History and the high life come together on an island that knows it’s good-looking
Sullivan’s property values are the highest in the state, thanks to its proximity to Charleston, large lots, and genteel atmosphere (although neighbors like actor Bill Murray keep the mood light). Edgar Allen Poe was stationed here with the U.S. Army in the 1820s, and his legacy remains at the town library and a burger joint named in his honor, as well as at Fort Moultrie, a national monument operated by the U.S. National Park Service. South Carolina’s archetypal state flag has its roots here -- the original fort withstood British cannonballs thanks to the shock-absorbing attribute of palmetto tree logs. From the fort, take in the views of Charleston Harbor and then head to the beach at Station 28.5 (on Sullivan’s, beach blocks are called “stations”) to watch kite-surfers shred in a unique, natural lagoon formed by an offshore sandbar. Sealand Adventure Sports offers lessons if you’re ready to join the wind riders. Station 16 is the starting point for a nature trail that winds through a 200-acre forest before emerging through the dunes onto a peaceful, low-traffic beach.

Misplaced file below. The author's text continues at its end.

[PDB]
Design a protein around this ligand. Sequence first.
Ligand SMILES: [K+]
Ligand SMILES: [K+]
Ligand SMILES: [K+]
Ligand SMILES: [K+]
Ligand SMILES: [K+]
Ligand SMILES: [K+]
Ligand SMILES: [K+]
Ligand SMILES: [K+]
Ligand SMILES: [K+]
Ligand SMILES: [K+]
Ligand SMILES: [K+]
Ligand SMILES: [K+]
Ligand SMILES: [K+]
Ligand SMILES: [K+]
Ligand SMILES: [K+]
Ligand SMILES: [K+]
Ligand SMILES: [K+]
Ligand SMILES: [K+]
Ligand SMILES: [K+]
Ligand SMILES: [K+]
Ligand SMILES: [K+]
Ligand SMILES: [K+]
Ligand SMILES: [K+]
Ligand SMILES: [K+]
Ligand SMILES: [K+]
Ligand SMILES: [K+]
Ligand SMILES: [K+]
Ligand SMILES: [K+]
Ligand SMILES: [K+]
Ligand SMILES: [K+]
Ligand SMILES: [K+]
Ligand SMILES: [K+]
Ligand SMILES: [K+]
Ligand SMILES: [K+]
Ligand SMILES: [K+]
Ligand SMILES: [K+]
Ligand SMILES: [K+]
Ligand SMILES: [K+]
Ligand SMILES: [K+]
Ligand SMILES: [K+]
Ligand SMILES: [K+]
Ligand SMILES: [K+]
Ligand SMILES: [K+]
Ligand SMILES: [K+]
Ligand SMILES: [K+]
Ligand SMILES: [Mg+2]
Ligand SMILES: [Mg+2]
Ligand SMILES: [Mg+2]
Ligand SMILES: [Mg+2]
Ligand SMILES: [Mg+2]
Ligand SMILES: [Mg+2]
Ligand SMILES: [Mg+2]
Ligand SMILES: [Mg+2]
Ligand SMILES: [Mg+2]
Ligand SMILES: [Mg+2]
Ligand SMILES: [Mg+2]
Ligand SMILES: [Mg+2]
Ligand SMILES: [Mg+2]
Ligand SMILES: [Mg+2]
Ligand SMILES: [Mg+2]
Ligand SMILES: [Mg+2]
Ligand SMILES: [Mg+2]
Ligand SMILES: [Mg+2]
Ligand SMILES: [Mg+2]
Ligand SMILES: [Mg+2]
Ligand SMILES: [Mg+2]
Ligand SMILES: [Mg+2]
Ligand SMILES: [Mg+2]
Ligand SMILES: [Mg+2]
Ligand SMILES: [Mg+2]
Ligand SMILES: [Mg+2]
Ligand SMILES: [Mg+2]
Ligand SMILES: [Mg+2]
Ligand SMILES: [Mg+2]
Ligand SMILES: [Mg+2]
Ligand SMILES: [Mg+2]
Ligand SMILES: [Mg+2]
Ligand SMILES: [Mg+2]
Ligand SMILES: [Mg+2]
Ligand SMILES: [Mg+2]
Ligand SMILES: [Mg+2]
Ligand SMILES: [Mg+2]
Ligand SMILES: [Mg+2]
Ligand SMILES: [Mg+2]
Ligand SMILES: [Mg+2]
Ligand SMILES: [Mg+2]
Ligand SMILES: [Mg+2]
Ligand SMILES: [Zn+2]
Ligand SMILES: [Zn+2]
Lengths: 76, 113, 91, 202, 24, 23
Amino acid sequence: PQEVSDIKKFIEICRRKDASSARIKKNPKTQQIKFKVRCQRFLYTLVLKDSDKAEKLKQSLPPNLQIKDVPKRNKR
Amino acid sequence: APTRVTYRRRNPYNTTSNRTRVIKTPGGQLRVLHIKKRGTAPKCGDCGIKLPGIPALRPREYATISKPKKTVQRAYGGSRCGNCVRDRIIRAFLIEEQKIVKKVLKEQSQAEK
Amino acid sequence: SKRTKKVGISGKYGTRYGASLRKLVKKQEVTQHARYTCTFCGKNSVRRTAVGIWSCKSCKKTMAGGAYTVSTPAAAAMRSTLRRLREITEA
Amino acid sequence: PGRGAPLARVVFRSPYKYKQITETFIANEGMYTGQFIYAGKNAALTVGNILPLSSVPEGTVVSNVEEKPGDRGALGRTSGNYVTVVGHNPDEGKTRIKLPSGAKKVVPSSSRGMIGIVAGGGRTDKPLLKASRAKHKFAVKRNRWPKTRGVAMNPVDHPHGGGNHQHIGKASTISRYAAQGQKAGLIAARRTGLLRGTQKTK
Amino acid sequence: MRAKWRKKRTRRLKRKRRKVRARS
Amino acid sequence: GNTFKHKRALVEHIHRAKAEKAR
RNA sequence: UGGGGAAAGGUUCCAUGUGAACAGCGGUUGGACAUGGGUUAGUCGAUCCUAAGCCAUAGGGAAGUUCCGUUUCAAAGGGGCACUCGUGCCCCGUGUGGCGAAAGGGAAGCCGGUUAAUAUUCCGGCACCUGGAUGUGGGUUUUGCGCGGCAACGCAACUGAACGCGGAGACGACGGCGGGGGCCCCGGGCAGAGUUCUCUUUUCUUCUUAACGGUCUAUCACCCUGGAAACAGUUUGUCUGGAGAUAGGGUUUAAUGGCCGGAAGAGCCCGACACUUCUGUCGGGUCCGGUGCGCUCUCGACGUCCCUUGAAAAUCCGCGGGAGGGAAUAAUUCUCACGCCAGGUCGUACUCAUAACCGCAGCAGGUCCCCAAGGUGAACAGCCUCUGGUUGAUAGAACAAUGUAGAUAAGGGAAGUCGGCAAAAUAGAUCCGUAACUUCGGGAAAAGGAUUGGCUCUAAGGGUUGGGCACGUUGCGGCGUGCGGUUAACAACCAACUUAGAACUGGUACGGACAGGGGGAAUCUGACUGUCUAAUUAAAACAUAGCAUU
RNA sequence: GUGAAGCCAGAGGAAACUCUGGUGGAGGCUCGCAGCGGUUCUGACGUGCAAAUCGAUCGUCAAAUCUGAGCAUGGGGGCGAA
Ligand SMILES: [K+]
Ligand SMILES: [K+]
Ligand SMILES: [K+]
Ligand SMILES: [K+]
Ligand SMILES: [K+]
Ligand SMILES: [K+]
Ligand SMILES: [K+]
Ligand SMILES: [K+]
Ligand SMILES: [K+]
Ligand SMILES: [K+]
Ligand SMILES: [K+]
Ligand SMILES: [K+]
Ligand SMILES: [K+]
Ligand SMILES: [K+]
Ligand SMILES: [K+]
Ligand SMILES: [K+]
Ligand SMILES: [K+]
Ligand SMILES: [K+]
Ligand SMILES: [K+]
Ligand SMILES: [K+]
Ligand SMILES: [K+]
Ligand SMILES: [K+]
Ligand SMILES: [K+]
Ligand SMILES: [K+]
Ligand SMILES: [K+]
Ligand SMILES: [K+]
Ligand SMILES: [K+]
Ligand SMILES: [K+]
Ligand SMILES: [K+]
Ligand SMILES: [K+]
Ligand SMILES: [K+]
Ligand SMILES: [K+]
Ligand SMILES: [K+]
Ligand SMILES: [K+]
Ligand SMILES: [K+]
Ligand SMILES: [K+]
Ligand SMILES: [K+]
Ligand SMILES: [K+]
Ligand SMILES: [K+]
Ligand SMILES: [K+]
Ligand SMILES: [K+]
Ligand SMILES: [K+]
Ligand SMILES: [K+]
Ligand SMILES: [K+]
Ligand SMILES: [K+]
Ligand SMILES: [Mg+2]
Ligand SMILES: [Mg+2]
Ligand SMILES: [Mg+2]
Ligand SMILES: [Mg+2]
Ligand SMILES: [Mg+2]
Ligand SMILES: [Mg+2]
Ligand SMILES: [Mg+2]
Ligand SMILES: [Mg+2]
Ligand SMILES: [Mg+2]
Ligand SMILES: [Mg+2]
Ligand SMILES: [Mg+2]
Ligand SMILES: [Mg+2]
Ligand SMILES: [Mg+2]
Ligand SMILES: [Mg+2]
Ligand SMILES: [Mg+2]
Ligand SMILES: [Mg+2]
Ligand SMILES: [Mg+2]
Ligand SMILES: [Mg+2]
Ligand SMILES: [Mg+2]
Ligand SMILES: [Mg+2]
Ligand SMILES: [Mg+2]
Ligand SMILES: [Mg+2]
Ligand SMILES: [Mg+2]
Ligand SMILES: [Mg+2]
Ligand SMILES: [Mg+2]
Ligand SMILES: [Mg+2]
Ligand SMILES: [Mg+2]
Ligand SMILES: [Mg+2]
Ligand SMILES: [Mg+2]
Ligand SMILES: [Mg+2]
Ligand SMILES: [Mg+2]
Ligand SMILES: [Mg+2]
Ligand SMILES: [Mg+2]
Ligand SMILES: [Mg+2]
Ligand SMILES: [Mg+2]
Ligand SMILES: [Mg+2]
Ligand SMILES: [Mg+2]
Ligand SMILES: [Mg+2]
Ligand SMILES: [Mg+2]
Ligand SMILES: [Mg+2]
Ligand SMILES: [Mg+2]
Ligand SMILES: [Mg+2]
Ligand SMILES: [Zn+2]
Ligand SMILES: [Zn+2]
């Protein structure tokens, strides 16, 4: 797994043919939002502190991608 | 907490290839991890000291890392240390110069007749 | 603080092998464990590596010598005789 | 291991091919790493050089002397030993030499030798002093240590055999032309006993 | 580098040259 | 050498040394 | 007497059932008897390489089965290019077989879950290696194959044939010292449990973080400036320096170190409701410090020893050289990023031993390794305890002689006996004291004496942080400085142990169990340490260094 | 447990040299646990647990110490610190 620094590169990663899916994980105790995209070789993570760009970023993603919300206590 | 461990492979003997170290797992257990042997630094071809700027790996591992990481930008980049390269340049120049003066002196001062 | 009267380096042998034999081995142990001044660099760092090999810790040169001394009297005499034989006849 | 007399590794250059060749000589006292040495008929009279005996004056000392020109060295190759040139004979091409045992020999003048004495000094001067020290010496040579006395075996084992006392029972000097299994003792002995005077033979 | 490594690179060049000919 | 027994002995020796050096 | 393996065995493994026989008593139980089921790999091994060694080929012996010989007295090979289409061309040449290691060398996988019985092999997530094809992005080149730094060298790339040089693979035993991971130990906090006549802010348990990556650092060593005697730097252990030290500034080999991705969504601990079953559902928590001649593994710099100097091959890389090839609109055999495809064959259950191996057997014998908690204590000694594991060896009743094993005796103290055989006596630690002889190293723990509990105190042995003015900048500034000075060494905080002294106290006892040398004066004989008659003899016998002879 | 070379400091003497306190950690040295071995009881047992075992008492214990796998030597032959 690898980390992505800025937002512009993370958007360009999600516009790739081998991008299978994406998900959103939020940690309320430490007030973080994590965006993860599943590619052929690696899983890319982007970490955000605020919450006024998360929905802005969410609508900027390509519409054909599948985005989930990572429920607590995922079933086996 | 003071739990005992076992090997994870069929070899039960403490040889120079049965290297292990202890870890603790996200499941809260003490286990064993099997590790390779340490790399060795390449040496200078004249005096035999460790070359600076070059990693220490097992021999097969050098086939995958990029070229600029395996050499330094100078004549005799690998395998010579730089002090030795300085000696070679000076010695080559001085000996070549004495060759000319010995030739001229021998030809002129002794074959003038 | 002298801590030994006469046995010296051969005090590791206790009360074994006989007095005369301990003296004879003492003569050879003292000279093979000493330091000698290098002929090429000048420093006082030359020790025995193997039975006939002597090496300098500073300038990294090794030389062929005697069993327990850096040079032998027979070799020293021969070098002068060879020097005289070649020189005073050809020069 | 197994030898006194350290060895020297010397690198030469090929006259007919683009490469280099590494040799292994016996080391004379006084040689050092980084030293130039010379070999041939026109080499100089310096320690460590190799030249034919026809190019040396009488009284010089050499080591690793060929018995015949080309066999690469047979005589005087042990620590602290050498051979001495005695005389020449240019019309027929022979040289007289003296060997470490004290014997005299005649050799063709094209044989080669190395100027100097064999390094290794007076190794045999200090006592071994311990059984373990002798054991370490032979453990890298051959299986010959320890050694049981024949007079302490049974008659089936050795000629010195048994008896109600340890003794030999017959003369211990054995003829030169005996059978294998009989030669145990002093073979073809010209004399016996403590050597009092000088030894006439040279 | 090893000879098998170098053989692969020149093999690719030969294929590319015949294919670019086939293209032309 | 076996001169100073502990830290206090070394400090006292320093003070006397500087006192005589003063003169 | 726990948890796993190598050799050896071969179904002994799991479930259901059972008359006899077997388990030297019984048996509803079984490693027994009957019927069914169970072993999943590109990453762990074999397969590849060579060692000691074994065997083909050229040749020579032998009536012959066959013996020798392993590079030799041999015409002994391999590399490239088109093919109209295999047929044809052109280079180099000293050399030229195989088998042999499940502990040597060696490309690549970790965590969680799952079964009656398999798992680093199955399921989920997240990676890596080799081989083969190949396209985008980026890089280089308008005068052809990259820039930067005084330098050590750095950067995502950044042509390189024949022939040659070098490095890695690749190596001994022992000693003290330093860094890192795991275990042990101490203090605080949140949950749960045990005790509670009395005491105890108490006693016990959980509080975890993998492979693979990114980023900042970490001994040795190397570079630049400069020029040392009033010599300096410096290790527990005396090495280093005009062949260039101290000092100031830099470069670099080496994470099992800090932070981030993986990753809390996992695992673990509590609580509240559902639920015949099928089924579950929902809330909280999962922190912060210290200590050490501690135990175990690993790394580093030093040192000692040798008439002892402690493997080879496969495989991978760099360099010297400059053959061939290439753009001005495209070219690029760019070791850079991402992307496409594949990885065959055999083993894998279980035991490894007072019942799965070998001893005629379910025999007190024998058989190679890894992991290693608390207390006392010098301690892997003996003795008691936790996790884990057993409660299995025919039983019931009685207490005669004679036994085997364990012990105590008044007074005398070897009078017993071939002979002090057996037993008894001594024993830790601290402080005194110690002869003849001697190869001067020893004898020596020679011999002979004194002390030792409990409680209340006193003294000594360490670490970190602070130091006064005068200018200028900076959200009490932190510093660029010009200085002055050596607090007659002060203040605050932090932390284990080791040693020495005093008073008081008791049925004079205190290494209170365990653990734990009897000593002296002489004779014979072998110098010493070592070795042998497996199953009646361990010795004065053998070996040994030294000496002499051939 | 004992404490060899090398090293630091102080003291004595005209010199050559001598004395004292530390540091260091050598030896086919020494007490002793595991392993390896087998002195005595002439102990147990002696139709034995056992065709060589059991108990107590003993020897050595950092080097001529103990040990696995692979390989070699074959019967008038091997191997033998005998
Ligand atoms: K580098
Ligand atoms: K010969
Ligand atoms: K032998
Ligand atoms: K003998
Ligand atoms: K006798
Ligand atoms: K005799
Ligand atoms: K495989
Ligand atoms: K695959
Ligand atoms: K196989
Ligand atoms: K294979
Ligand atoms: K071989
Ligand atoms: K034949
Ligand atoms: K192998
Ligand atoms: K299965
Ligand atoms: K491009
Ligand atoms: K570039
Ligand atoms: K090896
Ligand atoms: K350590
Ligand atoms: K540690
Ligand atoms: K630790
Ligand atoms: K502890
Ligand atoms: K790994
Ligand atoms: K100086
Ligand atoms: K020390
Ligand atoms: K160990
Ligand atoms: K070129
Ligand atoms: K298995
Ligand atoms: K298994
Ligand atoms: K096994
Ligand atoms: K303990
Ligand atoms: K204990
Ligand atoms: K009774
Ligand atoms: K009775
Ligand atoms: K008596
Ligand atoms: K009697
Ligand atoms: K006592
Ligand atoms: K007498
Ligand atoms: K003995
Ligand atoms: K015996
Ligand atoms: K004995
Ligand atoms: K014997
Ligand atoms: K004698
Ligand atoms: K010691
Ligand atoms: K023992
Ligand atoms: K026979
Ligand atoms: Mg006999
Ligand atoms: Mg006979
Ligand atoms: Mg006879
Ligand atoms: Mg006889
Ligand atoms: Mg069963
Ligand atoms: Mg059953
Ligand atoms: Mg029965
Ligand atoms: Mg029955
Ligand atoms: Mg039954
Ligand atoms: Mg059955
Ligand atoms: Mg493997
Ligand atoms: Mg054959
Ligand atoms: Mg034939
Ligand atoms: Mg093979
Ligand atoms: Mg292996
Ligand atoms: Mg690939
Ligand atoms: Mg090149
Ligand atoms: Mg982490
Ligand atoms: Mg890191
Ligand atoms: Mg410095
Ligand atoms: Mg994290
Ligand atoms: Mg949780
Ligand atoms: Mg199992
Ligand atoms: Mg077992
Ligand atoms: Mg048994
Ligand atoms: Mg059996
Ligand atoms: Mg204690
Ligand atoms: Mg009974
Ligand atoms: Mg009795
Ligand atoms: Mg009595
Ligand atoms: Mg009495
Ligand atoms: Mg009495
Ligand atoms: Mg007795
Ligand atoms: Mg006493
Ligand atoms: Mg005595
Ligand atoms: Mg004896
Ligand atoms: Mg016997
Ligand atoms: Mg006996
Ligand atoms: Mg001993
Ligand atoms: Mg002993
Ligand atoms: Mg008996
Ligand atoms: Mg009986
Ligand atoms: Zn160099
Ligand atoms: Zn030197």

Where to eat/drink: A visit to Poe’s is a must for anyone on Sullivan's -- order the Tell-Tale Heart or the Gold Bug burger -- while across the street, Home Team BBQ is known for its pulled pork, hearty sides, and frozen painkillers. On an island with several excellent food options, though, the star is a few blocks beyond the main drag; The Obstinate Daughter is a destination unto itself, where you'll indulge in ricotta gnocchi and the Duck Amuck pizza, topped with gorgonzola, roasted grapes, and duck confit. Downstairs, Beardcat’s offers excellent coffee and gelato.